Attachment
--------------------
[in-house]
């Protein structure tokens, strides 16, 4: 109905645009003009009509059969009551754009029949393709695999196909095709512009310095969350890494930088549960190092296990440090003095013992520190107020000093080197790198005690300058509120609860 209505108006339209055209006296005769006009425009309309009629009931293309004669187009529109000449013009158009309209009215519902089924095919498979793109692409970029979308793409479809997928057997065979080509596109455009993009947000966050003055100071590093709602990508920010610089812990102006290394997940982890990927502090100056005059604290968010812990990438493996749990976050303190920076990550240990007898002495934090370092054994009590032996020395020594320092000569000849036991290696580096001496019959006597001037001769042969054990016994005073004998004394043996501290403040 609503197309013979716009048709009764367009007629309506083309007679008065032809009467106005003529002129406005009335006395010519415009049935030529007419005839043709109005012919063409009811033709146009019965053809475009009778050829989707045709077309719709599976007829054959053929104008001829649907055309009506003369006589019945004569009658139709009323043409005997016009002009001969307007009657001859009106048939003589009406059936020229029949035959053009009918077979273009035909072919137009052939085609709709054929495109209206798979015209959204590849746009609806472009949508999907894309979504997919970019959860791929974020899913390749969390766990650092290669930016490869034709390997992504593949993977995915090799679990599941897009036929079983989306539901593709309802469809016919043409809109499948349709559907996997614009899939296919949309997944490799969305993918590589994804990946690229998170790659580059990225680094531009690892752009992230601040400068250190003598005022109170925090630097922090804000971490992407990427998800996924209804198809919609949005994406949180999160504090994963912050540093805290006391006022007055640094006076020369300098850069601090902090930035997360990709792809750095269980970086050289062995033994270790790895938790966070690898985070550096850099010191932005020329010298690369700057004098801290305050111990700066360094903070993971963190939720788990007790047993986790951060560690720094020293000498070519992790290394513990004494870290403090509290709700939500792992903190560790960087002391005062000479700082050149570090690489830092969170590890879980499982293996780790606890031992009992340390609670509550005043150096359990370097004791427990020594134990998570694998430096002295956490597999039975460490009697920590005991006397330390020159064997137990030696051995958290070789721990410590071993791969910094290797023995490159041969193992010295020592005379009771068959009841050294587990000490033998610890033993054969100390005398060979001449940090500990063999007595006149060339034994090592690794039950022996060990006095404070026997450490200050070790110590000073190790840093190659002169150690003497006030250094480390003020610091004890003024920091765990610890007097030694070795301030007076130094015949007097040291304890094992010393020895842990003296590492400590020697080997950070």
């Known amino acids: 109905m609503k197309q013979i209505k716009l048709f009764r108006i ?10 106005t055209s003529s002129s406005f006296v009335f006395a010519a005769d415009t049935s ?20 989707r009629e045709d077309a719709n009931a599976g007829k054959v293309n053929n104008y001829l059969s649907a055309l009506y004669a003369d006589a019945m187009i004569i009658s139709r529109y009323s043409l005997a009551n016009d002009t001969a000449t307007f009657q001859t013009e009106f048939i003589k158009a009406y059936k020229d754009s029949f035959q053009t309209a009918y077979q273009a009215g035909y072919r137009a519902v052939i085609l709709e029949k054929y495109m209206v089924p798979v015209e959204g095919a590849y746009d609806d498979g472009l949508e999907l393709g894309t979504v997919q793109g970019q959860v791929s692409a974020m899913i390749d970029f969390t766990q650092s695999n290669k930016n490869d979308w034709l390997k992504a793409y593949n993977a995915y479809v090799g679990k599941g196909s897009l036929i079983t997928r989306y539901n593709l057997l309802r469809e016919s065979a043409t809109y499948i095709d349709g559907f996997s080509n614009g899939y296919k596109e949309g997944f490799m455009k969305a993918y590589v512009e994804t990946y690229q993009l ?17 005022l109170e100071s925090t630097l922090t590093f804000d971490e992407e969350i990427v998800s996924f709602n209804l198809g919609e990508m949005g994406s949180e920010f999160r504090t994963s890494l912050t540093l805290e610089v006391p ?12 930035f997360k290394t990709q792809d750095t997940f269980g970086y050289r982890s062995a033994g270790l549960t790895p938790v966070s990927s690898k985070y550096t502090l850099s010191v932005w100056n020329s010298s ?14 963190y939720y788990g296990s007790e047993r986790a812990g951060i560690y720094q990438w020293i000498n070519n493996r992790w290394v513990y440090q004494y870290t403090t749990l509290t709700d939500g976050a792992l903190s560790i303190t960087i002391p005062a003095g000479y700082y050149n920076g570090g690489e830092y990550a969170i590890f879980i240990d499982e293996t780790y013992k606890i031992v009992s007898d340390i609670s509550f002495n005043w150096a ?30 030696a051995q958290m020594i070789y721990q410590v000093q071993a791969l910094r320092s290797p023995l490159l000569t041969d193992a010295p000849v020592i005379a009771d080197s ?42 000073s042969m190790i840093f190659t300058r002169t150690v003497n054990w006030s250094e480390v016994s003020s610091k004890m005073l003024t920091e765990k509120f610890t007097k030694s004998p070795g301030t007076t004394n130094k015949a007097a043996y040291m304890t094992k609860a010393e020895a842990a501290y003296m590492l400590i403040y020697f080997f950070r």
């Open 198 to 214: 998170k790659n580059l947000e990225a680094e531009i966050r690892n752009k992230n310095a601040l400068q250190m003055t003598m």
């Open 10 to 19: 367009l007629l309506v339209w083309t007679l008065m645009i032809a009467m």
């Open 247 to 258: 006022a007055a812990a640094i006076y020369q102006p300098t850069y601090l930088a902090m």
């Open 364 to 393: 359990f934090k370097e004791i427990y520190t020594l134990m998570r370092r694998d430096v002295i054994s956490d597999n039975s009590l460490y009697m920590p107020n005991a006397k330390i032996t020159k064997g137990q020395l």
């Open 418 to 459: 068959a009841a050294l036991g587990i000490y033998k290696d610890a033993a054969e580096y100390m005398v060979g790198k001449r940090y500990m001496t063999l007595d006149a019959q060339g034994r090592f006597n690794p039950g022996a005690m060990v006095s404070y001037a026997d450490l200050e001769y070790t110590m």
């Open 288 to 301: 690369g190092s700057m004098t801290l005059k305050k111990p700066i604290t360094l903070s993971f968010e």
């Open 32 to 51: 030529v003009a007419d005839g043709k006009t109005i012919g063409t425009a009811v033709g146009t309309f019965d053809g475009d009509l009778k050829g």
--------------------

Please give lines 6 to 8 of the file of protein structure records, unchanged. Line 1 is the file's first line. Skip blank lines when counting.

């Open 247 to 258: 006022a007055a812990a640094i006076y020369q102006p300098t850069y601090l930088a902090m």
């Open 364 to 393: 359990f934090k370097e004791i427990y520190t020594l134990m998570r370092r694998d430096v002295i054994s956490d597999n039975s009590l460490y009697m920590p107020n005991a006397k330390i032996t020159k064997g137990q020395l």
């Open 418 to 459: 068959a009841a050294l036991g587990i000490y033998k290696d610890a033993a054969e580096y100390m005398v060979g790198k001449r940090y500990m001496t063999l007595d006149a019959q060339g034994r090592f006597n690794p039950g022996a005690m060990v006095s404070y001037a026997d450490l200050e001769y070790t110590m």